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PHILADELPHIA, APRIL 6, 2018 — Historian and author Holger Hoock shatters the myth that the American Revolution was a tame affair carried out by statesmen in drawing rooms. In his “original, thought-provoking” (Wall Street Journal) recent book Scars of Independence: America’s Violent Birth (Crown, 2017), Hoock shows that the Revolution was not only a high-minded battle over principles, but also a profoundly violent civil war. 

"Scars of Independence" book cover

On Tuesday, May 8, 2018, at 6:30 p.m., Hoock will present a provocative discussion on the inherent tensions between moral purpose and violent tendencies in America’s past at the Museum of the American Revolution. A book signing will follow. Tickets are $15 for general admission and $5 for members, and can be purchased here.

New York Times Book Review “Editor’s Choice,” Scars of Independence recasts the Revolutionary War as a more complex and nuanced story than the sanitized versions that have persisted for generations. Hoock recounts the shocking atrocities committed on all sides of the conflict and the impact on populations including Loyalists, African Americans, Native Americans and women. He presents an honest examination of the moral dilemmas posed by this pervasive violence, the effects of which resonated long afterward and continue to mark our nation today.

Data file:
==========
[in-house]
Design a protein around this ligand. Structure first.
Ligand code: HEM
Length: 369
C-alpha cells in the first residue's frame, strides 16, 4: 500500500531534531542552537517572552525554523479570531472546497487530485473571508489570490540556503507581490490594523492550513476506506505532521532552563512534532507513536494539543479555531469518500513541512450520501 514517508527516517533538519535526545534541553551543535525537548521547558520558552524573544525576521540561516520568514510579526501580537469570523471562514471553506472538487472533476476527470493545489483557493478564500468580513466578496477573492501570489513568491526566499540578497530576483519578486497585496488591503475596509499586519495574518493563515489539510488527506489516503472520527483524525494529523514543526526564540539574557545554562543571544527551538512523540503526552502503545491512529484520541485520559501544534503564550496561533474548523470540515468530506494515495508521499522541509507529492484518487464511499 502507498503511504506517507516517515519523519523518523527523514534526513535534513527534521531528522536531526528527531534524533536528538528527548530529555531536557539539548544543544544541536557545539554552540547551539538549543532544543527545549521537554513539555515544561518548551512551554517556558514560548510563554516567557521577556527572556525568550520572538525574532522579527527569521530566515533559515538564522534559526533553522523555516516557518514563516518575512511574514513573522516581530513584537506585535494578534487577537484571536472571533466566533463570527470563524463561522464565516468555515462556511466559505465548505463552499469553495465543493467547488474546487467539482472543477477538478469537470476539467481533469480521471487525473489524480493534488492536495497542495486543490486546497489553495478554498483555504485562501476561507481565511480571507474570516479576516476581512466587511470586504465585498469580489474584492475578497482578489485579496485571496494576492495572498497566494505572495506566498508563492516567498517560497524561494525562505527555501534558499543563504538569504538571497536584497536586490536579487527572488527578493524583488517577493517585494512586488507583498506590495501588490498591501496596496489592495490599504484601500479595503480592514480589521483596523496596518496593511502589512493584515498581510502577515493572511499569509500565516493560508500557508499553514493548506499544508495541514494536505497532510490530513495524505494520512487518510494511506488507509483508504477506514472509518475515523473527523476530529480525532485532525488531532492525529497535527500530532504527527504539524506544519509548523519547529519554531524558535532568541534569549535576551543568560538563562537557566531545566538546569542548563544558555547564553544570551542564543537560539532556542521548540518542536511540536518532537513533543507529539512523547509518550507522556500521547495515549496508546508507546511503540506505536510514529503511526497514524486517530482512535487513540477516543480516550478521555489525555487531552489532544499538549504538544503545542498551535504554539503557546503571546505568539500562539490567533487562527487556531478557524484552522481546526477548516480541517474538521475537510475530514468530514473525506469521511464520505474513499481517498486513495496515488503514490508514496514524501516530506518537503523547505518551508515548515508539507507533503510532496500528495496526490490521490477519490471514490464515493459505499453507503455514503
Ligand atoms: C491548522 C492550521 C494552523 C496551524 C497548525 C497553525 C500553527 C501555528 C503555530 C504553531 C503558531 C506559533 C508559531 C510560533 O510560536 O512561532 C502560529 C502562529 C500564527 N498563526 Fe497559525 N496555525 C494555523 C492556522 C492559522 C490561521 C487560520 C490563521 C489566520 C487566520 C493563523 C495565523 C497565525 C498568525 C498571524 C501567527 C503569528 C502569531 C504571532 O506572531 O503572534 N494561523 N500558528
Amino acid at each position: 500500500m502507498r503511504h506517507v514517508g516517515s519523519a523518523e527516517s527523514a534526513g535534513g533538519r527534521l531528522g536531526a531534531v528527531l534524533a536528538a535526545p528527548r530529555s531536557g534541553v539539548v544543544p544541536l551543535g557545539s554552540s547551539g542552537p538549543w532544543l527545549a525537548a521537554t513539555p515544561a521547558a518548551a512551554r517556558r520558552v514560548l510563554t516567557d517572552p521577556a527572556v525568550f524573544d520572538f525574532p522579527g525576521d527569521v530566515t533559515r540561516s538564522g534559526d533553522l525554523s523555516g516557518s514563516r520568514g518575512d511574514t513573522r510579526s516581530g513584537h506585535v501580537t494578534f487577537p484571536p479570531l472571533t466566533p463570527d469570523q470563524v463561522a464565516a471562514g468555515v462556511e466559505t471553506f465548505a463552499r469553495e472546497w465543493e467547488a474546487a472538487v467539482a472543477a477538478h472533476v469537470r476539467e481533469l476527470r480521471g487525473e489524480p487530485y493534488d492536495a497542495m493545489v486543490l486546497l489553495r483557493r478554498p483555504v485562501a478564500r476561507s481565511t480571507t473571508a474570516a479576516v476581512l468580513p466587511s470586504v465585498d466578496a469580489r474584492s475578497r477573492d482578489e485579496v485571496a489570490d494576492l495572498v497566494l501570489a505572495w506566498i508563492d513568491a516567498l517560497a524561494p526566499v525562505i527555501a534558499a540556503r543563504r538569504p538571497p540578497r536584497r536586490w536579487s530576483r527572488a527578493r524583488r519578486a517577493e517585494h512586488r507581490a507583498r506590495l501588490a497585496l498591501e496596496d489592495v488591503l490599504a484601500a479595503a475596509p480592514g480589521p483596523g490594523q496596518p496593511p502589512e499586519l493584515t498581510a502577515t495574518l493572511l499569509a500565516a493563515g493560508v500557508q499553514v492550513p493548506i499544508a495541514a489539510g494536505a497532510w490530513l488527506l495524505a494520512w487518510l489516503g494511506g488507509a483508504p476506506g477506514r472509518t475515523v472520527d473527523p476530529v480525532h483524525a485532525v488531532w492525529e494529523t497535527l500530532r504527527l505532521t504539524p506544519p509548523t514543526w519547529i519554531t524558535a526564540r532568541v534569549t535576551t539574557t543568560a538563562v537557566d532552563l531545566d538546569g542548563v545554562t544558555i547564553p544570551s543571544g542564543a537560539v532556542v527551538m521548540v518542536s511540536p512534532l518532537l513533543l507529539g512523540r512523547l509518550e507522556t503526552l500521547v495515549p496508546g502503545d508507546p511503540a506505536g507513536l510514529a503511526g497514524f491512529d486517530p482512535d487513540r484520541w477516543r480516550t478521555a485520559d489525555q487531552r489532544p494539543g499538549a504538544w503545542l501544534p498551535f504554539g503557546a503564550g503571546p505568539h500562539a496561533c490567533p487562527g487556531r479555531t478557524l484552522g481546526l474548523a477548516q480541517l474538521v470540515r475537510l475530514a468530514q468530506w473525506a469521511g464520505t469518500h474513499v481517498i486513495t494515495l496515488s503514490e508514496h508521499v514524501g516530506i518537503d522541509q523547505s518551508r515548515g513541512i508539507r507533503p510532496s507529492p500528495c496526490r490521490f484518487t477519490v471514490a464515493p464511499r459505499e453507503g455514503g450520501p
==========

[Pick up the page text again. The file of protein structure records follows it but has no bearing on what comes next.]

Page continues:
About Holger Hoock
Holger Hoock is an award-winning historian of the eighteenth century, specializing in the history of Britain and the British Empire. He currently holds the Amundson Chair in British History and serves as Associate Dean for Graduate Studies and Research in the Dietrich School of Arts and Sciences at the University of Pittsburgh. Trained at the Universities of Freiburg, Cambridge, and Oxford, he has been a Kluge Fellow at the Library of Congress, a Visiting Scholar at Corpus Christi College, Oxford, and a Senior Fellow at the Institute for Advanced Study at the University of Konstanz. Passionate about sharing his historical research as an author, educator, and a consultant for museums and TV, he lectures widely across Europe and North America.

About the Museum of the American Revolution
The Museum of the American Revolution explores the dynamic story of the American Revolution using its rich collection of Revolutionary-era weapons, personal items, letters, diaries, and works of art. Immersive galleries, theater experiences, and recreated historical environments bring to life the events, people, and ideals of our nation’s founding and engage people in the history and continuing relevance of the American Revolution. Located just steps away from Independence Hall, Carpenters’ Hall, and Franklin Court, the Museum serves as a portal to the region’s many Revolutionary sites, sparking interest, providing context, and encouraging exploration. The Museum is a private, non-profit, and non-partisan organization. For more information, visit or call 877.740.1776.